ExPo, or the Extreme Polarimeter, is the instrument I developed during my PhD at the Utrecht Astronomical Institute. It specialises in taking images of linearly polarised light, while suppressing unpolarised light to a high degree. Why would we want to do this? Have a look at the image to the right. Starlight is generally unpolarised. But when it reflects off some material it to some degree becomes linearly polarised. The ‘material’ may be the dust of a debris disk or protoplanetary disk but could also be the surface or atmosphere of an exoplanet. Disks and exoplanets are very hard to observe directly as they are close by and very much fainter than their parent star. Imaging polarimetry is thus a way to block out the star and image the light reflected off material surrounding it at high contrast. 

The ExPo instrument is unique, not only in terms of the astronomical observations and thus the science it can do. While many astronomical instrumentation projects have long lead times, our idea was to get something to the telescope in a short time, then improve it using the experience gained. After all, the instrument design, development, commissioning and the reduction, calibration, interpretation and publication of the initial science observations all had to take place in the 4-year timeframe of my PhD project! This was a successful approach: First Light at the telescope took place a little over a year and-a-half after I started my PhD. This was achieved by applying a KISS (Keep It Simple, Stupid!) philosophy and by using off-the-shelf components for the instrument wherever possible. The instrument was commissioned at the 4.2 m William Herschel Telescope on La Palma. This telescope is great because it has a visiting instrument focus (a Nasmyth). At left you see the basic version of ExPo installed on the optical table at this focus. At the time of writing, ExPo has been to the telescope seven times. The shipping, installation and alignment of the instrument, followed by the period of night-time observations, is always a hectic and often an exciting and fun experience!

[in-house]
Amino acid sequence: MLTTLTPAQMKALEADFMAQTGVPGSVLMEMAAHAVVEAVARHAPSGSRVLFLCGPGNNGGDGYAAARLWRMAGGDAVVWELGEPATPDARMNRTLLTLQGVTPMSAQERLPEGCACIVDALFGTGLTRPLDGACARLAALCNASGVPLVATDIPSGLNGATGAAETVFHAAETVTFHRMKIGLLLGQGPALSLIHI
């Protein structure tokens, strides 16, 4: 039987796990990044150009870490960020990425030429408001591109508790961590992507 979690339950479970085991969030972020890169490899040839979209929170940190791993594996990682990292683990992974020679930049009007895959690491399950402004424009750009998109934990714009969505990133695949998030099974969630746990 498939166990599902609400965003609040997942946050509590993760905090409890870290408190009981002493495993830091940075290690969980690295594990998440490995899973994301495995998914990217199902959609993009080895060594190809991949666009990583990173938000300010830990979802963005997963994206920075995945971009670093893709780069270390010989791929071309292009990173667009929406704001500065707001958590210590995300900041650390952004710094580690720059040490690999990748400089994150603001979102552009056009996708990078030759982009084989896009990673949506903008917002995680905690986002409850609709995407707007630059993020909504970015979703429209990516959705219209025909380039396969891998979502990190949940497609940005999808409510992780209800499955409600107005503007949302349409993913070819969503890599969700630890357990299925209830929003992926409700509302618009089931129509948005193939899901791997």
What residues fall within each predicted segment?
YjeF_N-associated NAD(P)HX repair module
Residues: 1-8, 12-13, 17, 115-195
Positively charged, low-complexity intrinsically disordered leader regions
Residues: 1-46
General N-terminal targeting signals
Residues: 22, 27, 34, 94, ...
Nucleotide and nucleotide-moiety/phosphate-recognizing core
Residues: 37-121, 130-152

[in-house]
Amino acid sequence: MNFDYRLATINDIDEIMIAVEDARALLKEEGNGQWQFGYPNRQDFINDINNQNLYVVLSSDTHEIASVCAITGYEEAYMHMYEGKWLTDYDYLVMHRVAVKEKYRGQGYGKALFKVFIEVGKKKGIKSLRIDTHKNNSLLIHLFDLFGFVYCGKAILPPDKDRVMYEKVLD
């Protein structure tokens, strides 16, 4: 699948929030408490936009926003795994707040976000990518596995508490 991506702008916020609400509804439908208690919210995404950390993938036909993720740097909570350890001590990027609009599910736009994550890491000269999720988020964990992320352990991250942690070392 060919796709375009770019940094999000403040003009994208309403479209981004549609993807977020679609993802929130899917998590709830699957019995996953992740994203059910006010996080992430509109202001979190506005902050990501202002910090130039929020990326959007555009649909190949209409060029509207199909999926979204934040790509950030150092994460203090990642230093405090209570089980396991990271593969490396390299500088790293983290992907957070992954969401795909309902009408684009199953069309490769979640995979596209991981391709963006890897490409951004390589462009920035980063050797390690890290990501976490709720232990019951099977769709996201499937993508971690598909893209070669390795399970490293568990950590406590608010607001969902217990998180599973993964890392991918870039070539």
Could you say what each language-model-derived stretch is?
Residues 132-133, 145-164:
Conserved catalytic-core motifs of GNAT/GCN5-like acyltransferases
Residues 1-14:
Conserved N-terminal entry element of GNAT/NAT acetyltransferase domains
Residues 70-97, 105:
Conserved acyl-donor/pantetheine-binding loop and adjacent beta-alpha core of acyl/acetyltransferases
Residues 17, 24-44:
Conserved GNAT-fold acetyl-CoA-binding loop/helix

Polarimetry is a differential technique; it always consists of making two measurements and comparing them in some way. Light can be split into two orthogonal polarisation components. A polarising filter (an example of which is a pair of polaroid sunglasses) will block one component and pass the other. By rotating the filter 90 degrees, the component that is blocked and the one that is passed are swapped. For unpolarised light, the intensity of the two components is equal. So if we would make two measurements with the polarising filter and subtract them, the result would be zero. If the light however is polarised, one component will be brighter than the other. The key to building a very sensitive polarimeter is to make sure no systematic effects can introduce an artificial difference between the two measurements. Where we to make the two measurements at different times, some slight change in the source (or the instrument) would manifest itself as measured polarisation. If we on the other hand measure the two components simultaneously, using a polarising beamsplitter to separate the two components, any difference in the two measurement channels also introduces an erroneous signal in the result. The trick is to use the method depicted in the figure at right, called the beam-exchange method. The two polarisation components are measured simultaneously after which a polarisation modulator, which can rotate the polarisation, swaps the components being measured between the two beams. This is repeated many times to generate an averaged polarisation result largely free of systematic errors.

The image at right showcases an ExPo observation. The star targeted is T-Tauri, which is in fact a young multi-star system. A complex (protoplanetary?) structure of gas and dust surrounds the system. When imaged in intensity (inset below right) this structure can not be seen.  The larger polarised intensity image reveals the structure as the dust scatters and thus polarises the starlight.

The image is 10 arcseconds across. The blue vectors indicate the polarisation direction while the background red-yellow-white colour-scaled image is of the total polarised intensity. The degree of polarisation ranges from a few percent to less than a tenth of a percent. The observation was obtained with ExPo at the William Herschel Telescope without the use of a colour filter.